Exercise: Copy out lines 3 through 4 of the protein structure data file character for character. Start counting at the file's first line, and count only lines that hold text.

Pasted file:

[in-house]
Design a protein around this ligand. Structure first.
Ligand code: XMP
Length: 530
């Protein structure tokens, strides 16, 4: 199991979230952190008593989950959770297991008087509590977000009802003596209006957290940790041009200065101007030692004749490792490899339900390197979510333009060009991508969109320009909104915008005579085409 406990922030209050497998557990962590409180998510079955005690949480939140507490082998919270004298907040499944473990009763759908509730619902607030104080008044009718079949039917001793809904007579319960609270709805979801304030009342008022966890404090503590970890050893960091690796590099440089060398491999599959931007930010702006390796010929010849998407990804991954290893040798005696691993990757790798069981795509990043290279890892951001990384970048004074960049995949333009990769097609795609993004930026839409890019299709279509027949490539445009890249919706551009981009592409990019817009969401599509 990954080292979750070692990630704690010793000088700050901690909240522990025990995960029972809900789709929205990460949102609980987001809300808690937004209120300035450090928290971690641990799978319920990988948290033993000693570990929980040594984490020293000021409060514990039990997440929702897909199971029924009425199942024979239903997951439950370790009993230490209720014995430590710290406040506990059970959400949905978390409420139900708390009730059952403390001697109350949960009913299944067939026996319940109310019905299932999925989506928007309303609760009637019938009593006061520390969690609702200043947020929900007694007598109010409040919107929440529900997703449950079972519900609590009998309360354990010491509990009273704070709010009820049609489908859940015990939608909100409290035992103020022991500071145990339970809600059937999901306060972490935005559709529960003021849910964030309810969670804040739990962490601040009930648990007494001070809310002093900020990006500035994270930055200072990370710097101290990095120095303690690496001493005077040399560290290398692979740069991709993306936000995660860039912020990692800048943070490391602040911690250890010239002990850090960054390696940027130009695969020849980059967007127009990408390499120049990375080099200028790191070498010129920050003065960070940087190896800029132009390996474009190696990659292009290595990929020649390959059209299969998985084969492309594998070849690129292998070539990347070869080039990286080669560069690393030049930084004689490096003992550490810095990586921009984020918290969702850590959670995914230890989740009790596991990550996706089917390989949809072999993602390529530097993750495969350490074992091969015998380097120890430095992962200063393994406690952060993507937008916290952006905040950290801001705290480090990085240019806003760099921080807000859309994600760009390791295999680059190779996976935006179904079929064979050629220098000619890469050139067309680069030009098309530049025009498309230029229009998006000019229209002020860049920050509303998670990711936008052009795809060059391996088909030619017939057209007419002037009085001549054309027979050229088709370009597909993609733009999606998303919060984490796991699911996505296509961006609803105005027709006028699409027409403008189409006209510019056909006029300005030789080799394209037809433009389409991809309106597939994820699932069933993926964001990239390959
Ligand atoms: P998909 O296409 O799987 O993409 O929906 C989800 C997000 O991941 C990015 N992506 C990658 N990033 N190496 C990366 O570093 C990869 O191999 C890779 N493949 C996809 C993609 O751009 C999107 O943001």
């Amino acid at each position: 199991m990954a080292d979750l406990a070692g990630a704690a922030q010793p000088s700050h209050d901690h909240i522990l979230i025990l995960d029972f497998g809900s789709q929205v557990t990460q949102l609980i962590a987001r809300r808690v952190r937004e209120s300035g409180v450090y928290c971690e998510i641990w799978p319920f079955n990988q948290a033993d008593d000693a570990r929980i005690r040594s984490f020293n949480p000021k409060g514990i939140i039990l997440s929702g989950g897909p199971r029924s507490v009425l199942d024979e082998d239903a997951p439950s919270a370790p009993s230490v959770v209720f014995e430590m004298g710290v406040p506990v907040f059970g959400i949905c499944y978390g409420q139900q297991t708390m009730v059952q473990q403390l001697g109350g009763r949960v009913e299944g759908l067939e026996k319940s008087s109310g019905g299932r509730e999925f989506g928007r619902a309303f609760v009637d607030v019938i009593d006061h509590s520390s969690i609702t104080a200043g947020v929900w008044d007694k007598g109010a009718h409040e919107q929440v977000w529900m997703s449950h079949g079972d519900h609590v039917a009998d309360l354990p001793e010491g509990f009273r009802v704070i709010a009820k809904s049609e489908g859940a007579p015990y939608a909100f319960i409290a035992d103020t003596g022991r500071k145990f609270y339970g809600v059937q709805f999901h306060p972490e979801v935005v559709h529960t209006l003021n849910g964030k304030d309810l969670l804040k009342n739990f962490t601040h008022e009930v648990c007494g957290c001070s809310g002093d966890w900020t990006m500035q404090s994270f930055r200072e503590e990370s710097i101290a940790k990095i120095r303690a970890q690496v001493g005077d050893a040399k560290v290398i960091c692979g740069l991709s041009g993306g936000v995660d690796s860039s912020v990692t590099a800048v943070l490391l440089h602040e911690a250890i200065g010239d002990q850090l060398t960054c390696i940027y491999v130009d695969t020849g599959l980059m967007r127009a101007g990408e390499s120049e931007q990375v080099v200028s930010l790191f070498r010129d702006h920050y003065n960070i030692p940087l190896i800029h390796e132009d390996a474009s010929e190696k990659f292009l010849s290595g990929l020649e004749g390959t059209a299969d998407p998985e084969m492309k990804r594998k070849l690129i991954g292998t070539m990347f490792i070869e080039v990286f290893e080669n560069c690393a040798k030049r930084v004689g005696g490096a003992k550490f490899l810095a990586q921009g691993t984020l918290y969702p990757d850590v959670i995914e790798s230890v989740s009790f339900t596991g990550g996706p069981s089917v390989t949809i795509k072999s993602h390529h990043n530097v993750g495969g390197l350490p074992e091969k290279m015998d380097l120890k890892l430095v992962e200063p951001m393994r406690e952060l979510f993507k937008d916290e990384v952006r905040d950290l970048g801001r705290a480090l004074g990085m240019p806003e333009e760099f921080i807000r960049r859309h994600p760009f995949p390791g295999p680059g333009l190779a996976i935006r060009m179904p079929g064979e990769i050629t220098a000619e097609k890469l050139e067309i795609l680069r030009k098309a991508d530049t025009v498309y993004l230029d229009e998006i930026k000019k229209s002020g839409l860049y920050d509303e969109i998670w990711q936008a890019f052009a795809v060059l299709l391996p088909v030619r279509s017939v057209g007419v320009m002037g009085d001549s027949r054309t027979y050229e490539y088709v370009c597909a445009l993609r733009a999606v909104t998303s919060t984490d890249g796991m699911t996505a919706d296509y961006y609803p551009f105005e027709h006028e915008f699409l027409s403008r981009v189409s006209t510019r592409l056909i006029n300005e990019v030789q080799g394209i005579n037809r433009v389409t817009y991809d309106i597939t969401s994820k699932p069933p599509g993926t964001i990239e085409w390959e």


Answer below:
Ligand code: XMP
Length: 530